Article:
Following in the footsteps of Austria, several European countries are considering mandatory COVID-19 vaccination, while European Commission President Ursula von der Leyen also spoke about the possibility.
As previously reported, vaccination against coronavirus will be mandatory in Austria from Feb. 1, 2022. According to government leaks in the press, those who refuse to be vaccinated could be fined up to €7,200. A draft law is now being prepared.
The incoming German governing coalition is making similar plans. As government spokesman Steffen Seibert put it on Tuesday, members of the outgoing and incoming government agreed on Tuesday that the fourth wave of the pandemic had created an extremely dramatic situation in the health system in some areas and that required decisive action.
Among the proposals is to prepare a decision on the general vaccination obligation as soon as possible, in addition to the decision on the vaccination obligation for health and social care workers. In Austria, 66.8 percent of the population and 68.5 percent in Germany received the first two doses of the vaccine.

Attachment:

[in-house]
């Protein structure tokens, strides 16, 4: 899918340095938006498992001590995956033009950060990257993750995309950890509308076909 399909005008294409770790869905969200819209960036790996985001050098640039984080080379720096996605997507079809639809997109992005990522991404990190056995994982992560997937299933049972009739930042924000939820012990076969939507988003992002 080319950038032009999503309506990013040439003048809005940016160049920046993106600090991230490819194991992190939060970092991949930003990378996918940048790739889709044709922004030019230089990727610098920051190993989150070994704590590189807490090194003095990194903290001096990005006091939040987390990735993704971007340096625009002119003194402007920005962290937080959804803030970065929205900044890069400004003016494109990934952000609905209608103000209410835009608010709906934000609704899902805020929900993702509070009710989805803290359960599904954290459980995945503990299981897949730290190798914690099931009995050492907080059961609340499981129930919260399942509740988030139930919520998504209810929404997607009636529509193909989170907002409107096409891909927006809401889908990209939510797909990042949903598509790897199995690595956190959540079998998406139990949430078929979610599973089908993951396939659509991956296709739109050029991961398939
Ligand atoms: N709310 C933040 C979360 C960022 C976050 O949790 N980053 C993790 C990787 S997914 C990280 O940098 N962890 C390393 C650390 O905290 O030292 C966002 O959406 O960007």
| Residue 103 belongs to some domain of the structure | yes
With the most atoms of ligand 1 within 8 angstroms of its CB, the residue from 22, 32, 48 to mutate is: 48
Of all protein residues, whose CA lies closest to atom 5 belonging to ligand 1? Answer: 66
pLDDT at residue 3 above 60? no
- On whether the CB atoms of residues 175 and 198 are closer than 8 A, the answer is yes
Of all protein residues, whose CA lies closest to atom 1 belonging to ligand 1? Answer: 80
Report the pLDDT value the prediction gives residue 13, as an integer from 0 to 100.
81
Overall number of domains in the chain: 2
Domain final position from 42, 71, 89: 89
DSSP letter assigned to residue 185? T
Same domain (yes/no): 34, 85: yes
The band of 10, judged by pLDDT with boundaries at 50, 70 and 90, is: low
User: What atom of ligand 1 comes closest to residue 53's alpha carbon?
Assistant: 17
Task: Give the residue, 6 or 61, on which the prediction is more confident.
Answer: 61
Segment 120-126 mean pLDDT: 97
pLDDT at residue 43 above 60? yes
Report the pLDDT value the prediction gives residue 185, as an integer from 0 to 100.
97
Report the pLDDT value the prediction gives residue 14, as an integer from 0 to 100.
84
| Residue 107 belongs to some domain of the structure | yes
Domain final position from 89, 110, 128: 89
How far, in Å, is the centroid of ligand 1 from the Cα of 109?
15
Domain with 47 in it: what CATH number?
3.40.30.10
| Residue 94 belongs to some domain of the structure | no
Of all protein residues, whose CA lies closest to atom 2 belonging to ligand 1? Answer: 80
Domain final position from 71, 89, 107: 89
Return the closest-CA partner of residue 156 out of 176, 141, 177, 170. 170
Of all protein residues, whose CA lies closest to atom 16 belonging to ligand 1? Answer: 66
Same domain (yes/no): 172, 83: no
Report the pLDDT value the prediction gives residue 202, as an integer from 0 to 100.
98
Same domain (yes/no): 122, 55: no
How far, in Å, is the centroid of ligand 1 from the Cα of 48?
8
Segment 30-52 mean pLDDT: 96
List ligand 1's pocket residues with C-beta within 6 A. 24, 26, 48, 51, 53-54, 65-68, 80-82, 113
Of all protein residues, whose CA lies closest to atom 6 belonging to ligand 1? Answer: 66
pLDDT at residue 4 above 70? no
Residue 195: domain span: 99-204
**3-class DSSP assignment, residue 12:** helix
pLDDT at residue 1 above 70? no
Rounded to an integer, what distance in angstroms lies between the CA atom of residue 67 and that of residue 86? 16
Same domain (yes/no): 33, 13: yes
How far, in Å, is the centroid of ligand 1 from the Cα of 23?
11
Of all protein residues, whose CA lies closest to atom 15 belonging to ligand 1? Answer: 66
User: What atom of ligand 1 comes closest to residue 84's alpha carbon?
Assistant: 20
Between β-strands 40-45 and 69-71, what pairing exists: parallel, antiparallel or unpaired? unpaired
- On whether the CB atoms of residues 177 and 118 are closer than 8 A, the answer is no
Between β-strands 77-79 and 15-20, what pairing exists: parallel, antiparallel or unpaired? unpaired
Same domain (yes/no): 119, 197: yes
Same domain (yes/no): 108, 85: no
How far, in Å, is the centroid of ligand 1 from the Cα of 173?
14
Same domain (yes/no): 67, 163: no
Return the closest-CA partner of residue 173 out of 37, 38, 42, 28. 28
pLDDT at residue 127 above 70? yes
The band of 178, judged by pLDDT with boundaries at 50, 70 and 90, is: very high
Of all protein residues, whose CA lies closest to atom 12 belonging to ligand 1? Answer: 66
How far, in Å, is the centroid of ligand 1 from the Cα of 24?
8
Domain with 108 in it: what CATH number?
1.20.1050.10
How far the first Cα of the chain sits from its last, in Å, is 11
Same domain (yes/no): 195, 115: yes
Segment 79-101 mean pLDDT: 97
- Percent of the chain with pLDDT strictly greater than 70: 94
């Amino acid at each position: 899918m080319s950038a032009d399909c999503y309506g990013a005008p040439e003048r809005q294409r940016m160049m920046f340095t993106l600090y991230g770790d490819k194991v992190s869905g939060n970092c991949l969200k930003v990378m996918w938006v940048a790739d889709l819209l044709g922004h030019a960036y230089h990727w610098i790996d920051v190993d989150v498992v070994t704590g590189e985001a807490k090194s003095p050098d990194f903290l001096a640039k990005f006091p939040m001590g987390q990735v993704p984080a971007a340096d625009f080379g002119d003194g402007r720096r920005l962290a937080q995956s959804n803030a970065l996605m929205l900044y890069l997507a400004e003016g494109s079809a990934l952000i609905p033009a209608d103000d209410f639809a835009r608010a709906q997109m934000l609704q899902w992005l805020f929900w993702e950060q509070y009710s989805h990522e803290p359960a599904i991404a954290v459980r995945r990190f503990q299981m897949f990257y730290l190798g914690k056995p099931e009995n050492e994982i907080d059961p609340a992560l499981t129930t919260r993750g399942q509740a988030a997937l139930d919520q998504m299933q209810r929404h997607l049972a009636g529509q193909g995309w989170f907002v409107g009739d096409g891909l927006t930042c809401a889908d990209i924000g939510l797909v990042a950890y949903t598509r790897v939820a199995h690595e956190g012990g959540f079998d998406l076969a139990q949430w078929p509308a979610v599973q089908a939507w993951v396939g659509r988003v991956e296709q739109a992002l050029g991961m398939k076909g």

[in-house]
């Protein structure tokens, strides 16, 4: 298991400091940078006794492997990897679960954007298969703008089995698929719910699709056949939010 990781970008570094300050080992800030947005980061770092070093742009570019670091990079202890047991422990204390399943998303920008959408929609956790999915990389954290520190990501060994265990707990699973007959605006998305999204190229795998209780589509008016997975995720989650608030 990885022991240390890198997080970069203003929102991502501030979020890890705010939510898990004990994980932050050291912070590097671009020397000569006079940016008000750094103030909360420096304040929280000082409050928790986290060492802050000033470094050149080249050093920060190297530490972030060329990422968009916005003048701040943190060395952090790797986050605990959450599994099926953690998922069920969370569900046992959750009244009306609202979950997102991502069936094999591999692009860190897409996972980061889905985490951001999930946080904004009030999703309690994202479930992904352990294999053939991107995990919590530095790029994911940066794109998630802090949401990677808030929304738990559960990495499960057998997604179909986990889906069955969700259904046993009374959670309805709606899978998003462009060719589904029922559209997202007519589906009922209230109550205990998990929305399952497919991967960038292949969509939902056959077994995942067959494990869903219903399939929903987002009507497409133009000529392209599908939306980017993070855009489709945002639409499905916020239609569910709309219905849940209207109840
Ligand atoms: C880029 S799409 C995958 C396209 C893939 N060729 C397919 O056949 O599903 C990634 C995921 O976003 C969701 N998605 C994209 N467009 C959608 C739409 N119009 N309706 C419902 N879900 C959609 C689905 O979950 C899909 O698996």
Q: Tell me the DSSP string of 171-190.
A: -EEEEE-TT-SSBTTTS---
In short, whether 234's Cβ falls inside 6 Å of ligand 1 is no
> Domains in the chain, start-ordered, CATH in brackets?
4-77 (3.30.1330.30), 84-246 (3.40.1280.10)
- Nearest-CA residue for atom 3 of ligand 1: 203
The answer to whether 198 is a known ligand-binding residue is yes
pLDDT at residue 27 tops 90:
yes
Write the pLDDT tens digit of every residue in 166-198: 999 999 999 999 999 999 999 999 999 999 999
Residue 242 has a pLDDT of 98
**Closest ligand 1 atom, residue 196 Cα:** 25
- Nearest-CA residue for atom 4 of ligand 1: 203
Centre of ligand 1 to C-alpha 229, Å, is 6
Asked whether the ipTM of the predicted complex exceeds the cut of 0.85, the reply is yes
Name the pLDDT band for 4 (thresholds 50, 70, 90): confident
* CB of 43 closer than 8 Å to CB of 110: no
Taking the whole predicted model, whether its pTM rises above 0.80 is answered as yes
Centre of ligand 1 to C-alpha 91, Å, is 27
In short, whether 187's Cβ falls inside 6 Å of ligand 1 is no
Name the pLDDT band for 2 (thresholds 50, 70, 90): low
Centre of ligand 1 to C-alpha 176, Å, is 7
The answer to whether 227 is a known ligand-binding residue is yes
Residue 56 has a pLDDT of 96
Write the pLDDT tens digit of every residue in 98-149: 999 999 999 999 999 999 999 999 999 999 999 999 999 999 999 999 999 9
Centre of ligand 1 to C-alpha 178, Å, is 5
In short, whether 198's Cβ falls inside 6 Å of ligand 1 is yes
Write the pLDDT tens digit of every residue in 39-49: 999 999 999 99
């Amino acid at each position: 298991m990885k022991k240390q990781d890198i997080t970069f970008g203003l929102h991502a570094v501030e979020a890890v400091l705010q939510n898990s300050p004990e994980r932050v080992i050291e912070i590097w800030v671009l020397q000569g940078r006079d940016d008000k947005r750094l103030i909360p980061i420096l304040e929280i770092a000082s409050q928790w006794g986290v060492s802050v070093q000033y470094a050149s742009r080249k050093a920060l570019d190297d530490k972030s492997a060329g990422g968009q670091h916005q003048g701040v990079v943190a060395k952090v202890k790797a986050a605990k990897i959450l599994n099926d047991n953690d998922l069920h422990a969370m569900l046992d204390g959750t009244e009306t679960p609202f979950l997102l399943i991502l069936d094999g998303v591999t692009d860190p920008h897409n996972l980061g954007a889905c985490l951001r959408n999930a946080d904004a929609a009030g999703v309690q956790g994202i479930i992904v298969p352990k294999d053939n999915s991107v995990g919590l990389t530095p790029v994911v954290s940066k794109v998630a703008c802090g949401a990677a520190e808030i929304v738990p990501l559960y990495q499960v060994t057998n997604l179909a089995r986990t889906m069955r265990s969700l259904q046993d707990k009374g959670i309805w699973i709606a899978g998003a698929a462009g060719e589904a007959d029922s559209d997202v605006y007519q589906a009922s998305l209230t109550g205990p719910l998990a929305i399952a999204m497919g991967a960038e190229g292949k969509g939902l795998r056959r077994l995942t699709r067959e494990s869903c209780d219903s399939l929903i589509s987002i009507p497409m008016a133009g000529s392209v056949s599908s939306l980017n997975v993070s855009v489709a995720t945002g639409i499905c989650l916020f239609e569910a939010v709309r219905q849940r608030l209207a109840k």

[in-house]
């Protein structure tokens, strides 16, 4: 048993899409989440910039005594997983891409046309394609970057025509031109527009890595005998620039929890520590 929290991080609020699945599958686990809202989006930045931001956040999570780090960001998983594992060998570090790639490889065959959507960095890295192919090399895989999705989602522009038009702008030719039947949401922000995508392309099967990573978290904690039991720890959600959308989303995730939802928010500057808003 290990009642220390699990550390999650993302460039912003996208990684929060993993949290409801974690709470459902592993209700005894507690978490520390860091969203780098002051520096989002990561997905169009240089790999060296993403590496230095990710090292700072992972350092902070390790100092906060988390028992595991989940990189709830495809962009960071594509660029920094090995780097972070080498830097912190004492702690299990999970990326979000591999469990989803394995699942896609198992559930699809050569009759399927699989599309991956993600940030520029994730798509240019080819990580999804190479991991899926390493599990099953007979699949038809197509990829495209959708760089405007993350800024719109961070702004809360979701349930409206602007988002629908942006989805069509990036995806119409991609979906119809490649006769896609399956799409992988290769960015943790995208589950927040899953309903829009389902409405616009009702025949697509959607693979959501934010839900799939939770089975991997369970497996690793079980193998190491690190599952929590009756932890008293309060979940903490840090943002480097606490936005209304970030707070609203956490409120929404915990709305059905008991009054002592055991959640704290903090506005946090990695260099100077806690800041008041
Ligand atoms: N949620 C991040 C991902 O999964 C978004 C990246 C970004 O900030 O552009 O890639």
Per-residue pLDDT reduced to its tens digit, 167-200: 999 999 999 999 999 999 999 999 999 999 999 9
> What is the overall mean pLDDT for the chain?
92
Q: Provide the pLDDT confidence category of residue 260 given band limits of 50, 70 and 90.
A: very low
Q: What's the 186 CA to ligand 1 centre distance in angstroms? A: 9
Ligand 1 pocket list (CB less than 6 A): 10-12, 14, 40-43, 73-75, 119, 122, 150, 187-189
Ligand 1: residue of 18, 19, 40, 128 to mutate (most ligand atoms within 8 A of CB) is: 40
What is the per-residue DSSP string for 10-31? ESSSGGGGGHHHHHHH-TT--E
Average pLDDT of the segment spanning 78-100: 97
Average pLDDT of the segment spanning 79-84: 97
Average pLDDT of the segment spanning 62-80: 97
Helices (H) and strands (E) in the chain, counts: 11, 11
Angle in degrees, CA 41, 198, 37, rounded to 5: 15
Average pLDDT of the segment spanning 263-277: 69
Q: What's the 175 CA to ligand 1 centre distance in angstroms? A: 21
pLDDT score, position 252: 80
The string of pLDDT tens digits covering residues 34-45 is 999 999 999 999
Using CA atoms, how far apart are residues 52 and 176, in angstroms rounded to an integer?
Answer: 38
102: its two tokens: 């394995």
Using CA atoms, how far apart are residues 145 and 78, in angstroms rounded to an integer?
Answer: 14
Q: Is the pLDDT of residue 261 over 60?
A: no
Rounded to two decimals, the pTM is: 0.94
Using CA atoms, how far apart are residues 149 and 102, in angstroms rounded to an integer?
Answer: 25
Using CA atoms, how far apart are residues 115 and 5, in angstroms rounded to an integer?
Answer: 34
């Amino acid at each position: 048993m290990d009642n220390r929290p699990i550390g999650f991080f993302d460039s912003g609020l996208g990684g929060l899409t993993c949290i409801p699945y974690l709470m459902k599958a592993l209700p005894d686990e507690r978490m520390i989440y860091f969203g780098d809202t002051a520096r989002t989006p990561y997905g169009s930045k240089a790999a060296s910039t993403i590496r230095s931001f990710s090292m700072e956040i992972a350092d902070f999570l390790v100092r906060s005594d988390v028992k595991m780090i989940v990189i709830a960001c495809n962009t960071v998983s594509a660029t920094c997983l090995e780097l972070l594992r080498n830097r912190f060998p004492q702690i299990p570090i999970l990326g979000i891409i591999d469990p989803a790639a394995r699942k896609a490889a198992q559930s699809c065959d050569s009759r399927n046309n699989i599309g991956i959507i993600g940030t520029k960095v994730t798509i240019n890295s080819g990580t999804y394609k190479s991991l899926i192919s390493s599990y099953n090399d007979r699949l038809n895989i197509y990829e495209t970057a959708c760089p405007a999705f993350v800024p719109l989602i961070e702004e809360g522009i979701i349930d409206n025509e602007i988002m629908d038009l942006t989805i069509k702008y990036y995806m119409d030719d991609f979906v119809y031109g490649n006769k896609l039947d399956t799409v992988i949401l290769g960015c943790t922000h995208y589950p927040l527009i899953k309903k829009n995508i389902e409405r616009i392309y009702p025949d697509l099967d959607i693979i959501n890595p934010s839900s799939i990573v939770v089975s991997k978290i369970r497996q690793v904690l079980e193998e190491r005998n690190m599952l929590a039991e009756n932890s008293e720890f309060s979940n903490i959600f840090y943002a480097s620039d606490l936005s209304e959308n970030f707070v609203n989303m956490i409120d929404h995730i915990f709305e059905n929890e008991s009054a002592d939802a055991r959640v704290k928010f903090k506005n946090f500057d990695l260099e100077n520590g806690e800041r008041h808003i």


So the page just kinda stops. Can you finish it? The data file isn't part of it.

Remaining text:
Countries already rolling out mandatory vaccinations
There are states that have already introduced provisions before the Austrian decision that made it compulsory for an age group or occupation to take the vaccine. France ordered the compulsory vaccination of healthcare workers back in July, at the same time introducing the use of a medical card — a document certifying vaccination.
A “passport” similar to the French health card was also introduced in Italy in the summer, with the difference that it was made compulsory for all workers in September. To renew the card, a booster is also needed here, with the biggest breakthrough in the 20-30 age group.
In Greece, the government recently decided to oblige those over sixty years of age who do not register to be vaccinated by Jan. 16, 2022 to pay a penalty of €100 a month. In the Mediterranean country, the fourth wave of the epidemic is raging and, according to statistics, nine out of ten dead are over 60 years old. In addition, 80 percent of the deceased are not vaccinated at all. 61.6 percent of people are vaccinated.
Meanwhile, European Commission President Ursula von der Leyen — with a degree and doctorate in medicine, and who briefly practiced before her political career — said that member states should discuss mandatory vaccination on an EU level.
“Maybe we should think about introducing a compulsory vaccination in the EU. We need to have a dialogue on compulsory vaccination and then develop a common direction with the member states,” von der Leyen said. But that is a suggestion at best, as healthcare remains firmly a national competence.